Ernie “Big Cat” Ladd, who passed on this date back in 2007, helped Grambling to its initial SWAC crown, saw his Tigers win nine of 10 games as a senior, was recognized with induction into the old AFL Hall of Fame, and earned similar recognition in his subsequent career as a wrestler.
But a character so large as the late Ladd, former longtime Grambling baseball coach Wilbert Ellis has rightly noted, demands a larger brush stroke. Ladd, Ellis once said, was “a great, great human being — beyond the football and the wrestling.”
He was. I’d call Ladd the iconoclast’s iconoclast.
Ernie Ladd was a fierce, even brutal football competitor who used to answer his phone by saying “Jesus loves you!” Also, a bone-deep team player who once staged a walkout among blacks at the 1965 AFL All-Star game after they endured a few days of pre-game racial bias in the city of New Orleans.
A loving man who played a stereotypical towering black villain in the ring. A Republican when that might have fit neither the Grambling or wrestling demographic.
Ernie Ladd’s was a personality that wasn’t just out-of-the-box. It was too big, like Ladd himself, for a box of any kind.
For some, his involvement with national conservative politics, campaigning for George H.W. Bush – whose secret personal cell number Ladd carried around on a tattered piece of paper – might be the most surprising.
Ladd then supported George W. Bush’s presidential campaign in a celebrated talk at the 2000 convention.
Ladd would tell you that they went way back, and they did: Ladd first worked with W. in the 1960s at a non-profit effort by fellow Oilers alum John L. White called Project P.U.L.L., or Professionals United for Leadership League. The mentoring program for underprivileged kids ministered to the poorest neighborhoods of Houston.
“I’m a strong fan of the Bush family,” Ladd often said. “I have a lot of respect for them. They’re all good friends.”
The younger Bush installed Ladd as a special deputy to his inaugural committee. Ladd then advised the subsequent Bush administration on diversity issues.
And Ladd did it all, one imagined, with his thumb bandaged up.
He was a character, never completely knowable and always engaging.
When that cell number for Bush Senior fell out of Ladd’s briefcase a few years ago, I didn’t immediately put the Grambling product’s next comment in context. Misjudging something he said about “the president,” I figured Ladd was talking about Horace Judson, the then-newly elected leader at Grambling.
“No,” Ladd helpfully reminded, “THE president.”
You never knew with Ernie Ladd. That was the best thing about him.
I’m not saying I wasn’t aware that Ladd’s fame almost equalled his towering, nearly seven-foot height.
If you knew Ladd, you knew that everybody – and I do mean, everybody – knew Ladd, too. Old and young, black and white, presidents and quarterbacks, professors and machinists.
It was no surprise, then, that Web sites devoted to his former teams — GoGrambling.com, Chargers.com and ChiefsPlanet.com — were hot spots in the immediate aftermath of his 2007 death for talk on Ladd’s legacy and his humor. So were forums devoted to his second career, too, like OldSchool-Wrestling.com.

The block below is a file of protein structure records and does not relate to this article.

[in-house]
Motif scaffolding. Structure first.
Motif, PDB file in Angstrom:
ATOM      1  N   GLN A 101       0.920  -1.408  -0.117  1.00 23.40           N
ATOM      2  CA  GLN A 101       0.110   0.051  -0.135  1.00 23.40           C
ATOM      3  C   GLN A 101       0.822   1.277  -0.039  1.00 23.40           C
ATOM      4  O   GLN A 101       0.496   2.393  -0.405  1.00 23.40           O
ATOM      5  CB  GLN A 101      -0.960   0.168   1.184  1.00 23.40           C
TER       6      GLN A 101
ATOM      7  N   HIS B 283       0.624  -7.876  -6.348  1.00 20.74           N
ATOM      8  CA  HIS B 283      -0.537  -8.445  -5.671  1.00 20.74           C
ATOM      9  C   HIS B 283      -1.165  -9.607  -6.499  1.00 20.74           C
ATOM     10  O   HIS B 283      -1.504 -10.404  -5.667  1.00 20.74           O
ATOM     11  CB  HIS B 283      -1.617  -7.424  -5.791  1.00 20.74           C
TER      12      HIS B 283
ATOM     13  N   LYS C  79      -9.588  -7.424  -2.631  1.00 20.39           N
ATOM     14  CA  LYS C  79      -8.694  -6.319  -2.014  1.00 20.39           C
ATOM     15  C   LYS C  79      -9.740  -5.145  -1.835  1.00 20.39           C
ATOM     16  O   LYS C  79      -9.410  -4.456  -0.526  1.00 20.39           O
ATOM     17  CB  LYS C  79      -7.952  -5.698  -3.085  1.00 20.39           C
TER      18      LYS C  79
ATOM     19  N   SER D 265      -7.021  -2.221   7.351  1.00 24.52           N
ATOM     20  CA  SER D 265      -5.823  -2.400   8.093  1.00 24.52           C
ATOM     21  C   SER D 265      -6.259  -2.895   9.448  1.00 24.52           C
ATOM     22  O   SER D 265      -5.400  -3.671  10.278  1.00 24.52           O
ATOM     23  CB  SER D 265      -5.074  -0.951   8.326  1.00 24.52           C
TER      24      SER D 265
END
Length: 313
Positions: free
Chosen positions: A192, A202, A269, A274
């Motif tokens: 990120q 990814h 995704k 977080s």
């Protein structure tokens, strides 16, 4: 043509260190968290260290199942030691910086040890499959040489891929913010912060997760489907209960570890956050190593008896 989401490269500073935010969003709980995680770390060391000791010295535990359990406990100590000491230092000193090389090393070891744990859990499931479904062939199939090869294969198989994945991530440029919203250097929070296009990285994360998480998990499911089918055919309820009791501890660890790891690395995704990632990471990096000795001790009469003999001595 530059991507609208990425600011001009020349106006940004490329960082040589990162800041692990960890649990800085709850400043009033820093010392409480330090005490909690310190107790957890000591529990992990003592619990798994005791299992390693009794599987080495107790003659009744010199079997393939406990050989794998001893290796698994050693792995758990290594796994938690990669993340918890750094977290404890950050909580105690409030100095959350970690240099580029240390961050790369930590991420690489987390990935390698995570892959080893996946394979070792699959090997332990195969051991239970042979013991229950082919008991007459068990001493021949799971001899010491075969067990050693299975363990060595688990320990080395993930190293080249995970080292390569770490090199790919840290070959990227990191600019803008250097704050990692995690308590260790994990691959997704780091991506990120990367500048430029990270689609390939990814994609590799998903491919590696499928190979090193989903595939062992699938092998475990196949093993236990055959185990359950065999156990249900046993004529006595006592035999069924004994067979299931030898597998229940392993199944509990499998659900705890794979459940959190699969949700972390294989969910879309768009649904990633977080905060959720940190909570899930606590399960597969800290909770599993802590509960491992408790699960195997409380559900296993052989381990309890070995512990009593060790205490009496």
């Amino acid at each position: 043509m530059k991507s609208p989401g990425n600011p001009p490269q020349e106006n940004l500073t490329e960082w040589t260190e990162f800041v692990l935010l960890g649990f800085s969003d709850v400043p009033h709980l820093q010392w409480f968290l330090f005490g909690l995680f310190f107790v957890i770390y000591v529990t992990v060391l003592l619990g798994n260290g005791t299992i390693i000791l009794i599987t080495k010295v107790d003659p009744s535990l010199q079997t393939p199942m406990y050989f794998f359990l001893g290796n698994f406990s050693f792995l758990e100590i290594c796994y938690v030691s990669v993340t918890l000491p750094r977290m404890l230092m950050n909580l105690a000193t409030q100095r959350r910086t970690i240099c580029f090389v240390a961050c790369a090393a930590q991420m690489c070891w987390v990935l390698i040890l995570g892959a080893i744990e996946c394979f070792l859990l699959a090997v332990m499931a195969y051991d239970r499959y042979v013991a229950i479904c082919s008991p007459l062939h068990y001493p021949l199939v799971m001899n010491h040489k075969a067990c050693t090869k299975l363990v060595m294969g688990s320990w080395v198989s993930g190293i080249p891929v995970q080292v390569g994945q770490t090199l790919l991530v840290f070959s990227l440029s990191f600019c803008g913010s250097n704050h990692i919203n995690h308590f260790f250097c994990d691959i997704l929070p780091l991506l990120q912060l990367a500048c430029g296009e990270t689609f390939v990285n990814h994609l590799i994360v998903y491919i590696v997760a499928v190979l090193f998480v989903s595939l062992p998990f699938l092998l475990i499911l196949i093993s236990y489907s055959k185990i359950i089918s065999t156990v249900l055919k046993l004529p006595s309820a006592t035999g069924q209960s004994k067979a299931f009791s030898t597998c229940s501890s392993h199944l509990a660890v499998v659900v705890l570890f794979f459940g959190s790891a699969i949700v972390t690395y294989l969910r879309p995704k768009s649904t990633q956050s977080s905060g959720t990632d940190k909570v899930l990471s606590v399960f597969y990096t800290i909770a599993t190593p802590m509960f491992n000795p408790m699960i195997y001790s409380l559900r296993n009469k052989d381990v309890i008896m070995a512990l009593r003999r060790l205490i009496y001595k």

Ladd was, after all, one of a trio of the most very famous Grambling products ever — along with his former coach Eddie Robinson and Super Bowl MVP Doug Williams.
What was nice was seeing the international community rally around the Big Cat’s memory, too. That provided a welcome jolt for locals more used to talking about Ladd’s contributions to GSU’s first-ever 1960 Southwestern Athletic Conference football title than his later exploits away from home.
Ladd’s passing attracted tributes from Germany (“Dass ‘Big Cat’ Ernie Ladd im Alter von 68 Jahren verstorben ist. Dies sind die Folgen seines Jahre langen Kampfes gegen den Krebs”) as well as from France, and even an Asian site called TeaCup.com that crashed my computer.
Somehow Ernie Ladd’s familiar bio sounds even more impressive (if that’s possible) when it’s said like this: Apres une belle carriere dans les rangs collegiaux ou’ il avait aide’ l’universite’ de Grambling a remporter le championnat de la conference sud-est, il a aide’ les Chargers a remporter le championnat de l’AFL en 1963. Il e’tait avec les Chiefs quand ils ont atteint le Super Bowl en 1967 et 1970.
A man as big as the world, Ladd actually belonged to it, too.
Later in 2007, San Diego paid tribute to Ladd before a regular-season NFL game against Oakland.
I’m still waiting for Grambling to do the same.
Ladd died at 68 in March of ’07 after a three-year battle with cancer, marking the second in what would be a trio of staggering losses for the Grambling family over just nine months: Collie J. Nicholson passed in the fall of 2006, then Eddie Robinson the following spring.
Robinson and Nicholson have received appropriate local memorials, including the official renaming of the stadium press box for Collie J., a jersey patch for Coach Rob and tastefully done layouts dedicated to each in subsequent Grambling football media guides.
Nowhere, however, is there mention of “The Big Cat,” later known as a professional wrestler and then as a pastor.
It’s a shame.
Ladd was there was Grambling established itself as the SWAC’s most dominant football team (the program has won a league-leading 21 subsequent championships), then he became just the fourth GSU product to be drafted into the pros — helping shove the door open for dozens and dozens more who would follow.
He later played a key role in an American Football League title with the Chargers, was on the Kansas City team that won a Super Bowl after the merger and then helped popularize grappling in the 1970s. That led to sweeping recognition the world over — and induction into the AFL, World Westling Entertainment, San Diego and Louisiana Sports halls of fame.
I wish he was still that famous back home.